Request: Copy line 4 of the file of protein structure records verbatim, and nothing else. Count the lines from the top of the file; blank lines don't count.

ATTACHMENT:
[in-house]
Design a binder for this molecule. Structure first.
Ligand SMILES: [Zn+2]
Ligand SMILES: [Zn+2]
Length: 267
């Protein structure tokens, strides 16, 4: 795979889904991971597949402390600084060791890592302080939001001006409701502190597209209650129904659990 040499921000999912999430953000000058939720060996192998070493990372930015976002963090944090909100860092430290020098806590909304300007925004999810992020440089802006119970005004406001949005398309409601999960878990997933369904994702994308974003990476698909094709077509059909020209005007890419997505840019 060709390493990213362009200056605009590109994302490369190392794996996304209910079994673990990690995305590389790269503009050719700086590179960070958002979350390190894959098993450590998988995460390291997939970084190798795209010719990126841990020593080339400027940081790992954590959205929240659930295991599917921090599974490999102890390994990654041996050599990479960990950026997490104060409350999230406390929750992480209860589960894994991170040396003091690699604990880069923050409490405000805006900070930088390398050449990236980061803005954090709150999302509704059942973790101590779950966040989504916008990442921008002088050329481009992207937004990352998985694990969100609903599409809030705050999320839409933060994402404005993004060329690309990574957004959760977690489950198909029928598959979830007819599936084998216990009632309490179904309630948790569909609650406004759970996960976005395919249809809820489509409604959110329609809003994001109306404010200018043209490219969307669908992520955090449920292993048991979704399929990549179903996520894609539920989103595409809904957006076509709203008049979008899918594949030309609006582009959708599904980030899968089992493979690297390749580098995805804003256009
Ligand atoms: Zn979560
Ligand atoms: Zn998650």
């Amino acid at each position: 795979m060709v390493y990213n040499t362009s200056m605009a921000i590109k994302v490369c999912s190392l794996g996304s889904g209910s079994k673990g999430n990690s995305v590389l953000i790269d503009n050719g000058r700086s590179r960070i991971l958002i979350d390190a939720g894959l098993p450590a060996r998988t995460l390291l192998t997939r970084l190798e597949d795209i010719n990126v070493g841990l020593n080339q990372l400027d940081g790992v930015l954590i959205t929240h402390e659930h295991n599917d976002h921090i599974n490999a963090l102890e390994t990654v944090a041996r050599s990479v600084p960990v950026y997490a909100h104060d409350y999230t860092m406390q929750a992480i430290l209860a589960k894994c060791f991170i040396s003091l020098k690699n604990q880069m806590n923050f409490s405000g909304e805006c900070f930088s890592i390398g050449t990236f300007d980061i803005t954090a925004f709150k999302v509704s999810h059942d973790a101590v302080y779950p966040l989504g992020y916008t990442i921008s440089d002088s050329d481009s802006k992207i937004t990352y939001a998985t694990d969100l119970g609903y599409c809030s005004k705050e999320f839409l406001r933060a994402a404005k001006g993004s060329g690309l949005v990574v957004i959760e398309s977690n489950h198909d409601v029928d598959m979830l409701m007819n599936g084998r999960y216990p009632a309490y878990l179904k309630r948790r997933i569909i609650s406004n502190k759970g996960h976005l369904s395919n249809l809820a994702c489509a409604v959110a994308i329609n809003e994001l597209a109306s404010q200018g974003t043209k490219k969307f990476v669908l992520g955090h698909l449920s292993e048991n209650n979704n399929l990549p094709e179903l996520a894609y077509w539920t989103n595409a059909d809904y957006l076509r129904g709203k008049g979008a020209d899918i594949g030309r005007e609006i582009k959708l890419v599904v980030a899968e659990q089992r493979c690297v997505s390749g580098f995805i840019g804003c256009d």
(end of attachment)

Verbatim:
Ligand SMILES: [Zn+2]